Great on the surface, but I will ask this one rhetoric question. If you do end up with one of those tenants in a rogues' gallery, which is a public document, how do you ever encourage that tenant to move on somewhere else. You have to go through the court process to get rid of them, because by definition, if they're on the register, they'll never get another tenancy in a town near you. So there are pros and cons, but I think a rogues' gallery of tenants will be an excellent idea.
3. Minimum Energy Efficiency Standards
Jumping to EPCs and the band C requirements. Any idea what'll happen if properties can't achieve this, any exceptions?
What I can say at the moment, is that these are proposals. What Boris does, is he floats all these ideas, waits to see what the reaction is from the industry. And then we get the legislation. So at the moment, the proposal is if you are going to be renting out a property new, new tenant, then from probably April of 2025, yes, you've got to hit the C, you've got to be a C.
And then from 2028, all existing properties that are tenanted must hit that C band. It was quite difficult a few years ago, going from the Gs up to the E where we are now. Most commentators say it's going to be a quantum leap to go from Es all the way up to Cs. I mean, the graph just gets steeper and steeper and steeper. What they're also talking about is having the cutoff point raise from £3,500 to £10,000.
They're saying that in 2025, to get up to a C you'll have to spend potentially up to £10,000 before you get that exemption. The figures are just absolutely horrendous. Ironically, if you are in England, where it's a bit warmer down here in the south and south coast, where of course properties are that much more expensive, capital value is higher, you might be spending only 2% of the capital value to get it up to scratch. So I wouldn't at the moment assume it's definitely going to be a C for new properties in '25, and definitely a C for existing properties in '28.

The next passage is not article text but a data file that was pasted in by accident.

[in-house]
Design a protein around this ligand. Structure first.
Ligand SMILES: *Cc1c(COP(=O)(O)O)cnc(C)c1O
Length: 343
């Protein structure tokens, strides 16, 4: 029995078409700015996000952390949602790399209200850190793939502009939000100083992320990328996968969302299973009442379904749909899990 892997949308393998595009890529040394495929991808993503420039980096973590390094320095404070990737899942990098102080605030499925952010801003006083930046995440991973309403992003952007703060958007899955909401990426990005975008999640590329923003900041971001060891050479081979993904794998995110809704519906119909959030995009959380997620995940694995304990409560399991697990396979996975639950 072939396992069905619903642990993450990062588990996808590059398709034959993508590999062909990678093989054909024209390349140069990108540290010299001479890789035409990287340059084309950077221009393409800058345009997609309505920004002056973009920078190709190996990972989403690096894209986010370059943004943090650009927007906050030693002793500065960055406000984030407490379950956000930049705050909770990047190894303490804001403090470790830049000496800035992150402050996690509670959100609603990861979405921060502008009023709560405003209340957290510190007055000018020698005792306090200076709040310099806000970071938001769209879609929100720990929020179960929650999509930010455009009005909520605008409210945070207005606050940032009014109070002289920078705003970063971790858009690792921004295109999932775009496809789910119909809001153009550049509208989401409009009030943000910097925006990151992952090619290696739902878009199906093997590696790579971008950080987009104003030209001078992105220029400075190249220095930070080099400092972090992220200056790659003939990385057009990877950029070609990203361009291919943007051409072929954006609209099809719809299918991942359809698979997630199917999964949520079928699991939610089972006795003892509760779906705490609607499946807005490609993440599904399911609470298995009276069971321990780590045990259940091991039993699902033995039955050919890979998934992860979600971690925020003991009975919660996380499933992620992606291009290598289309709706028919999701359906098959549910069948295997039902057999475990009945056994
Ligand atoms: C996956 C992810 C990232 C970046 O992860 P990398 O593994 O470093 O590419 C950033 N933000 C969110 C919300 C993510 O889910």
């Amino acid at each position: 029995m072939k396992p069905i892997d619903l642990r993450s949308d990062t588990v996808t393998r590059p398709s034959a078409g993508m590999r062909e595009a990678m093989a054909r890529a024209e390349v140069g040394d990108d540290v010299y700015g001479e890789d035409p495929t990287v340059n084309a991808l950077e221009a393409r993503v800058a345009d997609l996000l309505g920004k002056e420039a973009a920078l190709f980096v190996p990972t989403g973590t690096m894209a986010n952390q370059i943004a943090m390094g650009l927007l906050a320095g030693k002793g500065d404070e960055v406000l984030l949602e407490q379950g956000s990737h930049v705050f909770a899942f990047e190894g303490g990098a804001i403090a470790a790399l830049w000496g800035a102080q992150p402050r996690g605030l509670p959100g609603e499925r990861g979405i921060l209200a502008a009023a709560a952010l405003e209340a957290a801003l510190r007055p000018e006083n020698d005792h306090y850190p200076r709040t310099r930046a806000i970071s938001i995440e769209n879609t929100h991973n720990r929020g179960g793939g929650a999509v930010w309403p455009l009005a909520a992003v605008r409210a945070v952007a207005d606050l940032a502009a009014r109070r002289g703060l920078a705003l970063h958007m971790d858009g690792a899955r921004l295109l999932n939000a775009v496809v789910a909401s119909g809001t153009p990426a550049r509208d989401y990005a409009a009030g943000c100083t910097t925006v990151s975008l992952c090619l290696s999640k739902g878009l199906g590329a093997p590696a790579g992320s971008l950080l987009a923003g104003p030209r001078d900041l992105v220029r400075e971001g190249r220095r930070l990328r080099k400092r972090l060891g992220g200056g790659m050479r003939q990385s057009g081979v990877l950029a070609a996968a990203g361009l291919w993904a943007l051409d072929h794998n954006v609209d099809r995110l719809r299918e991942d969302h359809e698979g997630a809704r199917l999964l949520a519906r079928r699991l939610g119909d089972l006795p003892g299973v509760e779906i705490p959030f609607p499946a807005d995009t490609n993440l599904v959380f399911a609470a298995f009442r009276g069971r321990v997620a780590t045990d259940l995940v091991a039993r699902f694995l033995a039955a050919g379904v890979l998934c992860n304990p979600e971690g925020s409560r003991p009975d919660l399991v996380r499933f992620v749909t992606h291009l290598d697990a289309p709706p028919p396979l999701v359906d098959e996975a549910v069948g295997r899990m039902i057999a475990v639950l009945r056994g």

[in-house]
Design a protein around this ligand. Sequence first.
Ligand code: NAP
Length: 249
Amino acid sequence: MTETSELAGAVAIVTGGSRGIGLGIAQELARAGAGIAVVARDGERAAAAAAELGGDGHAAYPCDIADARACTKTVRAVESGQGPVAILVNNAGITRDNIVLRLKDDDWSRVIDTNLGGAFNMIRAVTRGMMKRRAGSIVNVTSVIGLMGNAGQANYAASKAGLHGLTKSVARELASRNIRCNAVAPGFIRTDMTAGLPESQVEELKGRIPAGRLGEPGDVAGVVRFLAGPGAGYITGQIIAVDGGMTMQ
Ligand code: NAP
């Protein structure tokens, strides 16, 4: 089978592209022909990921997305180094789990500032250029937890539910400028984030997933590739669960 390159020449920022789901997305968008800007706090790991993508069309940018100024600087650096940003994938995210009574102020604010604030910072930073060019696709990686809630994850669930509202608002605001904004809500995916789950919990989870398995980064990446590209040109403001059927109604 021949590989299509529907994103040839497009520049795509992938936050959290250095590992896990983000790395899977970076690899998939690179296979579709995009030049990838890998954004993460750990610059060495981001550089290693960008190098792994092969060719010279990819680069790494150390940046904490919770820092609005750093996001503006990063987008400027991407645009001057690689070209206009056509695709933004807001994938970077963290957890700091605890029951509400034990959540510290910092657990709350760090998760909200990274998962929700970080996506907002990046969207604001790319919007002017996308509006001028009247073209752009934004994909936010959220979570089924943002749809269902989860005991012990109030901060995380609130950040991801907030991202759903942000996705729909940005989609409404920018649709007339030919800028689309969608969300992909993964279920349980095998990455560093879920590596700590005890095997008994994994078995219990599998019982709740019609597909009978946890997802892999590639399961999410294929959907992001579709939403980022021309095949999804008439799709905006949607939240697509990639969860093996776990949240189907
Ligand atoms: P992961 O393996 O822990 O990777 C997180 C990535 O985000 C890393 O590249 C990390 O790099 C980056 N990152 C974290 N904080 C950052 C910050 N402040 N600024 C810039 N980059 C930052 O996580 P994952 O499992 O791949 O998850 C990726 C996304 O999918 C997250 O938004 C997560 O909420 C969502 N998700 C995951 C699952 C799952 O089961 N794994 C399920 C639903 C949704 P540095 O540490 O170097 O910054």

But again, you've got to have the conversation with the landlord. It's no good saying to the landlord, well, don't worry about it. It's not going to happen. We don't know. It probably will happen. They've got to start putting money aside now for those capital improvements between now and 2025.
What happens if landlords won't comply or won't complete their own EIRC on a property, for example? Is the agent liable if they continue to manage the house or should they disinstruct?
I think you've got to disinstruct. So first thing is to check your landlord's terms of business, there should be a clause in every terms of business saying if the landlord does not comply with current legislation, you disinstruct him.
If we turn to the fines and the penalties, at the moment, if a local authority wants to take action against somebody for breaching legislation, they can go against the landlord, which is fair game, or they can go against the agent, and the definition of an agent is someone who's collecting the rent.
So although you and I might not be managing the property in what we accept as the standard definition of the term, we may not be managing it. If we're collecting the rent, that in theory does make us vulnerable to action from a local authority.
Now, that having been said, if you go to relevant government websites, there are all sorts of guidance notes for local authorities, because the government recognises there are going to be times when you're giving advice to a landlord and they're just totally ignoring you. So in that sort of situation, if you can prove you've given the appropriate advice, most local authorities would go against the landlord, not against you.
But ultimately, if you are a landlord who will not play ball, your reputation is worth more than a single instruction. I would literally think about getting rid of that particular landlord. And that's where it's an EPC, where it's an EICR, whatever it is, you do not want to be in your local rag, thank you very much, as an agent that does not comply with legislation.
In the scenario where the landlord won't play ball and you can't get them to complete an electrical installation report, could the agent consider doing it on their behalf and deducting the cost from the rent even without consent? Or would there be sort of negative consequences on that?
No, you could do that if you've got the appropriate clause in your T&Cs. So just do it, but can I ask you a question? It's fine if the EICR comes back, good bill of health, property's absolutely fine, property safe. What if it comes back and says, there are dangerous parts of the installation, and you've got to take remedial work within 28 days, you've just opened a proverbial Pandora's box.
Having got the EICR do you then try and get the work done yourself, which may not be covered by your T&Cs, do you go back and say to the landlord, oh, landlord, we asked you to spend 150 quid on EICR, by the way, we've now got to spend three and a half grand getting the wiring redone.
So, I think in theory, it's a great idea. And if you know the property's going to pass well, no one's going to worry too much, but my question is, well, what if you don't pass the EICR? What if there are dangerous aspects to that property? What are you going to do next? I don't know if there's an answer for that one.
I have to say it's probably safe to disinstruct yourself and walk away. There are more landlords out there who will appreciate what you do than the one who just won't talk to you about any sort of breach of the regulations.